FPI Overnight Brief: May 31, 2011


South African President Jacob Zuma's much-anticipated peace meeting Monday with Moammar Kadafi did not appear to move the Libyan government and rebels closer to a cease-fire, and the Kadafi regime suffered a new blow with the defections of eight senior military officers. – Los Angeles Times

Moammar Kadafi faces stepped-up bombardments and the threat of strikes by attack helicopters but seems determined to maintain his grip on power, in part by rallying a diminished roster of allies to counter his regime's isolation. – Los Angeles Times

President Dmitri A. Medvedev on Friday offered to leverage Russia’s relationships in Libya to try to persuade Col. Muammar el-Qaddafi to leave power, an act of long-shot diplomacy that for the first time casts Russia as a central player in events unfolding in North Africa. – New York Times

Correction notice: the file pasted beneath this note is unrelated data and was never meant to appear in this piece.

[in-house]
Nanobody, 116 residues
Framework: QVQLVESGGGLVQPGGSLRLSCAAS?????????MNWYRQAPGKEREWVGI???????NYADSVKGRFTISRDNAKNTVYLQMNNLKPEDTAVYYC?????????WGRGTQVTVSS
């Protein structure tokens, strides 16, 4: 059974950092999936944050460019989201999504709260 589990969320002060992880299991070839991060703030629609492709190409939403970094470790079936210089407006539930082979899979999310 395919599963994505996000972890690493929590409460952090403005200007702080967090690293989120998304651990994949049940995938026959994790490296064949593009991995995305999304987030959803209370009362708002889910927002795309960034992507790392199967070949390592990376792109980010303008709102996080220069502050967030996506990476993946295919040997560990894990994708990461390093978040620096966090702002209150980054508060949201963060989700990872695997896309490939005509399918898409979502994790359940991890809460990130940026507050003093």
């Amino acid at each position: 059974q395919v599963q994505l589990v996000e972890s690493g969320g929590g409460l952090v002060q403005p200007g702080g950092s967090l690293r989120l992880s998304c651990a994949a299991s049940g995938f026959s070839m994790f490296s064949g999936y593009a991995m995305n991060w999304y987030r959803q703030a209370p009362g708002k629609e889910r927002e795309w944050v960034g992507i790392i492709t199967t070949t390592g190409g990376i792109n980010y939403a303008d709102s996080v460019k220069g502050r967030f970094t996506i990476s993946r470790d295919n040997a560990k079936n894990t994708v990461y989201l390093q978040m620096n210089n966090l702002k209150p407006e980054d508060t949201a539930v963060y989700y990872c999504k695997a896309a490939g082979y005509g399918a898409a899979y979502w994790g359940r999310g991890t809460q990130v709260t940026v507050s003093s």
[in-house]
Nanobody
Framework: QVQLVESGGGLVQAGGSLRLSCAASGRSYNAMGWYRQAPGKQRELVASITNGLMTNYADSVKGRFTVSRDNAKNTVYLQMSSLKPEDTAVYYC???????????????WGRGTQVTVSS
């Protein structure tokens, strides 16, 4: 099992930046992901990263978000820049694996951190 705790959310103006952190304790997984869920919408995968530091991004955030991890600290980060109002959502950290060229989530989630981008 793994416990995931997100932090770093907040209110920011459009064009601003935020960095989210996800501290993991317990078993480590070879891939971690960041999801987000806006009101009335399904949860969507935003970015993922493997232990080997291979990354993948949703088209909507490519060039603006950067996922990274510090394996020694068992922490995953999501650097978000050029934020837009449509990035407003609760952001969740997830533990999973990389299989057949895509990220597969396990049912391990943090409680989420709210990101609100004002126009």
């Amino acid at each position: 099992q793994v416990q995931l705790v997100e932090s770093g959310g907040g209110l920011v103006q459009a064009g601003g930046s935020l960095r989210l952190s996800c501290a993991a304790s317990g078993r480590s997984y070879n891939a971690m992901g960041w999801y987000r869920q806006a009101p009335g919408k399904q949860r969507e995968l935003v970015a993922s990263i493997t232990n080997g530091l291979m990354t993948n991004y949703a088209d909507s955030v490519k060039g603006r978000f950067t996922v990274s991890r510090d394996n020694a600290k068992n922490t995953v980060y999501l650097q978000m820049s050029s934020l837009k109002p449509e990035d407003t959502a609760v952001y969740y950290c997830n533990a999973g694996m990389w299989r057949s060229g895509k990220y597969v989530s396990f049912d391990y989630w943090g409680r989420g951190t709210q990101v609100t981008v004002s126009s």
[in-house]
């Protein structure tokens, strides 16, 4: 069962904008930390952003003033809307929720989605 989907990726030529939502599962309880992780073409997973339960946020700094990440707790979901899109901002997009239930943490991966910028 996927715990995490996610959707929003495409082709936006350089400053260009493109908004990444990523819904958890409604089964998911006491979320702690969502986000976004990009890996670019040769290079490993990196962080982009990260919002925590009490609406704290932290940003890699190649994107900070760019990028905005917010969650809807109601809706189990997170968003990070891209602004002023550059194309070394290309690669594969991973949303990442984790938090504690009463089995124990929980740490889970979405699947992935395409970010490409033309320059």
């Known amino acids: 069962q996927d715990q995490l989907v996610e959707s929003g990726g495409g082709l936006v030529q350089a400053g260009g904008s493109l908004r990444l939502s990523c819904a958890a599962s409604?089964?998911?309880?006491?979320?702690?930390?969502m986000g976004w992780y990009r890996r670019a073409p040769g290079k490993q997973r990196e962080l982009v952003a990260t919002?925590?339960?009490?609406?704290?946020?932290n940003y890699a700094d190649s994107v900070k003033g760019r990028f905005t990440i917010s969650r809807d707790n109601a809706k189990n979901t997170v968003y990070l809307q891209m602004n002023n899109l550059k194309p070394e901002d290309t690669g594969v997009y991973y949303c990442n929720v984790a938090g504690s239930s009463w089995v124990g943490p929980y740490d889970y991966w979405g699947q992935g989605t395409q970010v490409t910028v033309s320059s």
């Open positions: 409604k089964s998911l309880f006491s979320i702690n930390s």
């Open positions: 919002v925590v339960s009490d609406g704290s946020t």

Ann Marlowe writes: About six U.S. C-130 military transport aircraft (capacity: 72,000 pounds each) could deliver nonlethal equipment for 2,000 soldiers, according to an Air Force source. The Libyans have the will, and the National Transitional Council governing Free Libya has offered to repay NATO out of future oil revenues for the means. (Because the U.S. hasn't released frozen Gadhafi assets to the free Libyan government, they have been unable to purchase supplies themselves.) A larger question is why the U.S. doesn't provide the Libyan freedom fighters with assault rifles and heavy weapons that could do real damage to Gadhafi's tanks. The Arab world is watching this war on Al Jazeera every night. They will remember whose support for the emerging Muslim democracies was empty rhetoric, and whose was real. – Wall Street Journal (subscription required)